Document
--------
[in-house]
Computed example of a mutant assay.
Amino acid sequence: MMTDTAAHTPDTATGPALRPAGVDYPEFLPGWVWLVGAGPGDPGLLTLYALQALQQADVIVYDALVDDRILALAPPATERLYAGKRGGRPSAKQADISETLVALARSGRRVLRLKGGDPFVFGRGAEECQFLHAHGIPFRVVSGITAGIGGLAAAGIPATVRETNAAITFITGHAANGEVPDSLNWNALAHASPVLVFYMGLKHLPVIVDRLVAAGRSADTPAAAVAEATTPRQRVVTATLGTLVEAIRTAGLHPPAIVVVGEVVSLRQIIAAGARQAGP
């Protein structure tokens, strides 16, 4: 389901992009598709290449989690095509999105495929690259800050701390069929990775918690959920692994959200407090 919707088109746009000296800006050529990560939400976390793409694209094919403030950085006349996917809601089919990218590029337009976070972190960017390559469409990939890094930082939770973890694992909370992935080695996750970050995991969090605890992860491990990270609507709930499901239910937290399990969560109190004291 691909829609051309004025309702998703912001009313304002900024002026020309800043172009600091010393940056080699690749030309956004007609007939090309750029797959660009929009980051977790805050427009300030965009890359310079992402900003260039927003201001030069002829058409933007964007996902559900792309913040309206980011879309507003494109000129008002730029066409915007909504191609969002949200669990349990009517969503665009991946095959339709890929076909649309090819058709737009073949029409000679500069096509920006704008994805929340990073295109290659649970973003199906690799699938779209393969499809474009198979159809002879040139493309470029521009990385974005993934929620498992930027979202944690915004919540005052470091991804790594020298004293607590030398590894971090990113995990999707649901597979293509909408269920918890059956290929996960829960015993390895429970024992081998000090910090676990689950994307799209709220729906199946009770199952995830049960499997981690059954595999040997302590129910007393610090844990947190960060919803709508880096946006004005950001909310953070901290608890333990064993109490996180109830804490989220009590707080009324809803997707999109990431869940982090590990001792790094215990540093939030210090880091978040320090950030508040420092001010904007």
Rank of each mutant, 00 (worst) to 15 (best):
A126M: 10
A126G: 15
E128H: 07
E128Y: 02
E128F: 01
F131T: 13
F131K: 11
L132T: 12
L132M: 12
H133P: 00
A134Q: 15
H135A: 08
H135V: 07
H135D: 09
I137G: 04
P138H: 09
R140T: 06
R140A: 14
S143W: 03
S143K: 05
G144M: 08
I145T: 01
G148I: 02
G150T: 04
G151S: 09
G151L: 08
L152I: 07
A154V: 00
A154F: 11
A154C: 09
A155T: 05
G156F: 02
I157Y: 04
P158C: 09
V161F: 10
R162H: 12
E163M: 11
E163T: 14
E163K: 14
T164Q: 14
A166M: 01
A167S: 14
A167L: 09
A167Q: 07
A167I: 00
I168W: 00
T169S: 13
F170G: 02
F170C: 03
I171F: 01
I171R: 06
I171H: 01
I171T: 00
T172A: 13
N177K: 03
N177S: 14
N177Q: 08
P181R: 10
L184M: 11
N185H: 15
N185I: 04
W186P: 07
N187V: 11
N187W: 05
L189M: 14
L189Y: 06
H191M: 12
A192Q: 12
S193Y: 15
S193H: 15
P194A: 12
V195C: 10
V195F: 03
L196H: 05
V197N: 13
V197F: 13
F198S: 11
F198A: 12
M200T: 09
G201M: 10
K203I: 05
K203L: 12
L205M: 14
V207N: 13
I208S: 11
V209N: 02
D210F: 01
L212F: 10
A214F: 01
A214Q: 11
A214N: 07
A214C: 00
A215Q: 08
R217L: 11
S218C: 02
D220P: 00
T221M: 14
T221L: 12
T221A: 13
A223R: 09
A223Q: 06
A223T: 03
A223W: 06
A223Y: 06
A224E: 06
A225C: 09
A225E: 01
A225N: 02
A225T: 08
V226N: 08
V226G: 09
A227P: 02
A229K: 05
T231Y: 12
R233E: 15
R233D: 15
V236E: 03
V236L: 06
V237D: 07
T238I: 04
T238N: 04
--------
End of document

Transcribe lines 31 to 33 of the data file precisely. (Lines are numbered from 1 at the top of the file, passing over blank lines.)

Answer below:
G151L: 08
L152I: 07
A154V: 00